The city has a council-manager form of government. The mayor, along with six other council members, is directly elected to council by the city residents.

Sterling Heights is served by two public school districts, Utica Community Schools and Warren Consolidated Schools, which are within the Macomb Intermediate School District.

Nationally, Sterling Heights is situated in Michigan’s 10th congressional district, represented by Republican Paul Mitchell.

The city of Sterling Heights has three local newspapers, the Macomb Daily. Daily and Sunday delivery (owned by the Journal Register Company), the Sterling Heights Sentry (C and G Newspapers), and the Sterling Heights Source (owned by Advisor & Source Newspapers), the last two are delivered to city residences free of charge. The city also has two local channels. SHTV is run by the city’s community relations department and usually features locally produced programming (including City Council meetings) and community announcements running accessories phone holder. Another channel is used for the Sterling Heights Public Library, which usually features educational programs as well as library announcements. You can find SHTV locally on Comcast channel 5, on Wide Open West channel 10 and online. The public library channel is found on Comcast channel 12 and WOW channel 20. The city’s official radio station is AM 1700. The city also releases a seasonal magazine and a city calendar free of charge to each city household and business.

WUFL, affiliated with Family Life Radio, is also based in Sterling Heights.

Sister City initiatives give opportunities for the cities’ residents to come to know each other’s cultures.

The initiatives will facilitate the cultural, educational, municipal, business, professional and technical exchanges and projects among the sister cities.

Its sister cities are:

Coordinates:

Isens landskabsdannende indflydelse

Glacialmorfologi er læren om isens landskabsdannende indflydelse team uniforms. Denne påvirkning sker dels i form af indlandsisen, der udgør et større vedvarende isdække på Grønland og i Antarktis, og jøkler, der udgør mindre vedvarende isdækker fx på Island, men først og fremmest i form af gletsjere (istunger), idet disse dels kan presse jordoverfladen op i dannelser (moræner) sport top water bottle, dels ved deres smeltevandsstrømme kan omforme det under isen og foran isranden liggende landskab, herunder i form af materialeaflejringer.

Gletsjere påvirker som regel landskabet derved, at de danner en såkaldt “glacial serie” kendetegnet ved, at jorden under isen til dels høvles af og føres med isen, hvorved der dannes en lavning (bundmoræne), en randmoræne foran isranden, hvor det afhøvlede materiale aflejres som et højdedrag insulated glass bottle, sidemoræner langs gletsjerens sider, hvor tilsvarende materialeaflejring kan ske, samt dannelsen af en såkaldt smeltevandsslette foran isranden jogging fanny pack, hvor sorteret materiale, der ikke holdes tilbage i randmorænen, aflejres i en meget lav kegleform i alle retninger.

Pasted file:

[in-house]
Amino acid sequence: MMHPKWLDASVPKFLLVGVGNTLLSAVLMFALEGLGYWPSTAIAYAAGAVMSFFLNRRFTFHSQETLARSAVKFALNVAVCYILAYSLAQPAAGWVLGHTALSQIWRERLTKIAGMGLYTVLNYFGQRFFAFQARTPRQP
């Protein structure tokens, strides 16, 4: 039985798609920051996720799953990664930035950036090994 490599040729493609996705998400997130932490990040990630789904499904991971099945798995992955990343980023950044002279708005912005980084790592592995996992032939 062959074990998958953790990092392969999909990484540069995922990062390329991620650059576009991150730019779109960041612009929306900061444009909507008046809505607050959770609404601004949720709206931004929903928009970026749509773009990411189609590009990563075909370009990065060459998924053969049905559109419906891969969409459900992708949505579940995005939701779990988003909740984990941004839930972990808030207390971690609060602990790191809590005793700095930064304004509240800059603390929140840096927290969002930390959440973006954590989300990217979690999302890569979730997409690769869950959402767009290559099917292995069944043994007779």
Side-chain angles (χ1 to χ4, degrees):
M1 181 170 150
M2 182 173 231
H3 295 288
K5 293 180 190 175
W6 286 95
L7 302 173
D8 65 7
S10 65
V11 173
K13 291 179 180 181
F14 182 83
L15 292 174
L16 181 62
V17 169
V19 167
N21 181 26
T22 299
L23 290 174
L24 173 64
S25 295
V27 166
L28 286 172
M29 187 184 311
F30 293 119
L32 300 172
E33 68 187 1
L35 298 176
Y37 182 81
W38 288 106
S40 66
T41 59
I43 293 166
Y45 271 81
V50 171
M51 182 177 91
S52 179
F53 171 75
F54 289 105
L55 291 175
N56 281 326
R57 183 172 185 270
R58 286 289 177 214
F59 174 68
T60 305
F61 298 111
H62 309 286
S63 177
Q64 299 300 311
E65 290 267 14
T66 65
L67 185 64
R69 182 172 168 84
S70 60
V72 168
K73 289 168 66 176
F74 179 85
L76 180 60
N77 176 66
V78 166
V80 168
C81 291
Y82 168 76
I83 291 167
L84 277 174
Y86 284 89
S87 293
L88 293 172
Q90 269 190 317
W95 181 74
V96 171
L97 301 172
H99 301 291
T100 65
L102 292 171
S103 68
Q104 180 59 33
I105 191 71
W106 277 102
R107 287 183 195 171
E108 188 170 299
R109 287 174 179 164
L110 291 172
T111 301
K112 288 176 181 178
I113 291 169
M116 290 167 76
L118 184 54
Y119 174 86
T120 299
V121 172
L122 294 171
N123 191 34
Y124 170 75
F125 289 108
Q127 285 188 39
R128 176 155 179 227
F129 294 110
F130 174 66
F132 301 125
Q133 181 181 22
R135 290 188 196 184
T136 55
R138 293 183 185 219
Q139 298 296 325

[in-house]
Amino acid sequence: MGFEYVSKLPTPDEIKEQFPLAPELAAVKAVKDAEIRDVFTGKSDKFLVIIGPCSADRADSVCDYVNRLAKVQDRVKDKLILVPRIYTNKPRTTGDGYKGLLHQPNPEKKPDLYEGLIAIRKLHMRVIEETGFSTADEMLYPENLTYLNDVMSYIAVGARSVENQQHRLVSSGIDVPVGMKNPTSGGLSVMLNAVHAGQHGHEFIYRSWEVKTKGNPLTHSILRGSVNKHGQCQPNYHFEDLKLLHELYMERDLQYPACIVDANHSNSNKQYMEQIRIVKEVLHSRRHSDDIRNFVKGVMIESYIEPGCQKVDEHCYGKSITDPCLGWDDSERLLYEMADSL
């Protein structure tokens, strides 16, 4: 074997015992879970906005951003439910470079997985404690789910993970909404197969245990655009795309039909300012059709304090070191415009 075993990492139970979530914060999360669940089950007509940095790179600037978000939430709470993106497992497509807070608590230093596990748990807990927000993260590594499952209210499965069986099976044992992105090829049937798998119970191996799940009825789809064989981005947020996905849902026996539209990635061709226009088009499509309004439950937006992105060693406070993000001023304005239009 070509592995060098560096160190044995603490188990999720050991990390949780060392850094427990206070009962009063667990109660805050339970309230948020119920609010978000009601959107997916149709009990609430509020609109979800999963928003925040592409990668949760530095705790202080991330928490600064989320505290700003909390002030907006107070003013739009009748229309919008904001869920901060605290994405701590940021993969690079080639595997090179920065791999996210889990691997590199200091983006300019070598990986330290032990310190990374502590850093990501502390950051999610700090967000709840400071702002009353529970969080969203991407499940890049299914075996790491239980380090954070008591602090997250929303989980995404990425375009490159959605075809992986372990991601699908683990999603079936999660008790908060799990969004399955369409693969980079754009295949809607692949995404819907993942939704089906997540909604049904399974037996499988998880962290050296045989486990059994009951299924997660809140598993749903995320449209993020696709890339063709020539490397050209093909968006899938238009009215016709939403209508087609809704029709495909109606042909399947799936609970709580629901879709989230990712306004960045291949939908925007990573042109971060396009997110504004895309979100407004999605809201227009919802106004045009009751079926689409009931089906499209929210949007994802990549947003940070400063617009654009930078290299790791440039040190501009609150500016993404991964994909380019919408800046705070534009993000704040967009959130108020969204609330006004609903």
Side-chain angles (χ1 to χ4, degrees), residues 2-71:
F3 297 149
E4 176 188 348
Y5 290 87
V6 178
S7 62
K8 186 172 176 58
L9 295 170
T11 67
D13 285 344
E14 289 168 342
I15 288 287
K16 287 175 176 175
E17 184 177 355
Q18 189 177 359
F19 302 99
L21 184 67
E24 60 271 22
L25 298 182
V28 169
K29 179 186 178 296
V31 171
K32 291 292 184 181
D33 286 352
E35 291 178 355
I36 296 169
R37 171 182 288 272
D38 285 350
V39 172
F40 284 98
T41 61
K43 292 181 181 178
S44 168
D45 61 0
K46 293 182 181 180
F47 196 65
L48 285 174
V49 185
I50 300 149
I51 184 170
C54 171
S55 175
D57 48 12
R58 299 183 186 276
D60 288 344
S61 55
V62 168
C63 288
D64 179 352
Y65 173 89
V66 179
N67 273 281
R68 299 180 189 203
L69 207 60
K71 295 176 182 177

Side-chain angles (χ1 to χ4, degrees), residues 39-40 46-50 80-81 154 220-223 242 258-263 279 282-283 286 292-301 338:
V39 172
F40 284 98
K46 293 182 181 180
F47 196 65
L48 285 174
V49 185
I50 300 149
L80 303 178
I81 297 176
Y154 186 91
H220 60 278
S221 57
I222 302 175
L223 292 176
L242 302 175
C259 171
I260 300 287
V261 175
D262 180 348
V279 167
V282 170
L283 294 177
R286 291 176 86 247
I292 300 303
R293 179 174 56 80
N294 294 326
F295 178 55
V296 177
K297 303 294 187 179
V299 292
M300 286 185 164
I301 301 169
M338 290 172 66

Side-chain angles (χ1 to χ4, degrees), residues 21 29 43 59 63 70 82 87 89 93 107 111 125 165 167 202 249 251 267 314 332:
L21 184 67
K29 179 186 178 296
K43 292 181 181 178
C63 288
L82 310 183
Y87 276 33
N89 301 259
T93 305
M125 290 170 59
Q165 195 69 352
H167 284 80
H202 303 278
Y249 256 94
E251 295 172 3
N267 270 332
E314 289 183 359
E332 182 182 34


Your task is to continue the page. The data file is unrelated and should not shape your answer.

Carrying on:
Under isen kan dannes drumlinbakker, kamebakker og åse.

Når isen afsmelter, kan særligt modstandsdygtige tilbageblevne isklumper bevirke dannelsen af dødishuller, idet isklumpen beskærmer et areal mod at modtage aflejringer. Når isklumpen langt om længe bortsmelter, vil den efterlade et “dødishul”, en lavning i terrænet.

Lenguas misumalpas

Lenmichí
  Misumalpa-Lenca

Lenguas misumalpa con probable extensión en el pasado.

Las lenguas misumalpas (también conocidas como misumalpa) son una pequeña familia de lenguas indígenas de América habladas en la costa este de Nicaragua y zonas cercanas. La familia fue llamada así por las primeras sílabas de: skitu, Sumu y Matagalpa.

La familia misumalpa fue claramente reconocida hace mucho tiempo, aunque hasta el trabajo de Adolfo Constenla Umaña en la década de 1980 existía muy poco trabajo histórico comparado sobre estas lenguas. Las estimaciones glotocronológicos apuntan a un tiempo de separación desde el antecesor común de entre unos 5800 y unos 6200 años. No obstante, todas las lenguas misumalpa comparten el mismo inventario fonológico. Las consonantes son p, b, t, d, k, s, h, w, y, y dos versiones (sorda y sonora) de m, n, ng, l y r, por lo que el inventario consonántico es:

Las vocales son a, i, u con versiones corta y larga, es decir, /i, a, u; iː, aː, uː/.

Se conocen varias lenguas de la familia, de las cuales actualmente sólo sobreviven dos

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, y habiéndose extinguido la mayor parte de ellas. Los datos históricos muestran que en otro tiempo, estas lenguas se extendieron por El Salvador, Honduras y Nicaragua. Los integrantes conocidos de la familia son:

El Miskito se convirtió en la lengua dominante de la Costa Mosquito a partir del finales del siglo XVII debido a su alianza con el Imperio Británico. En el nordeste de Nicaragua, sigue avanzando entre los que anteriormente hablaban el Sumo. Sin embargo, su nivel sociolingüístico es menor que el de los criollos anglófonos del sudeste, y en esa región el Miskito continua a perder terreno. El Sumo está en peligro de desaparición en casi todas las partes en donde se habla todavía, si bien hay algunas evidencias de que fue la lengua dominante de la región antes de la subida del Miskito. Las lenguas Matagalpanas se extinguieron hace mucho tiempo y no están muy bien documentadas.

Con frecuencia se ha señalada que podría existir un parentesco con las lenguas chibcha aunque prácticamente no se ha aportado evidencia sólida en ese sentido. Joseph Greenberg las clasifica como una subfamilia del grupo chibchano insulated glass bottle, lo cual ha sido rebatido por diversos lingüistas ya que dicha propuesta es altamente especulativa y está respaldada en una evidencia débil.

El trabajo de Adolfo Constenla sugiere que las lenguas misumalpas está relacionadas genéticamente con las familia lenca. Más recientemente el mismo autor ha usado el método comparativo para sugerir que efectivamente existe una relación entre el lenca-misumalpa y las lenguas chibchas, por lo que el propone una macrofamilia lenmichí.

La siguiente tabla reproduce algunos cognados entre las lenguas misumalpa: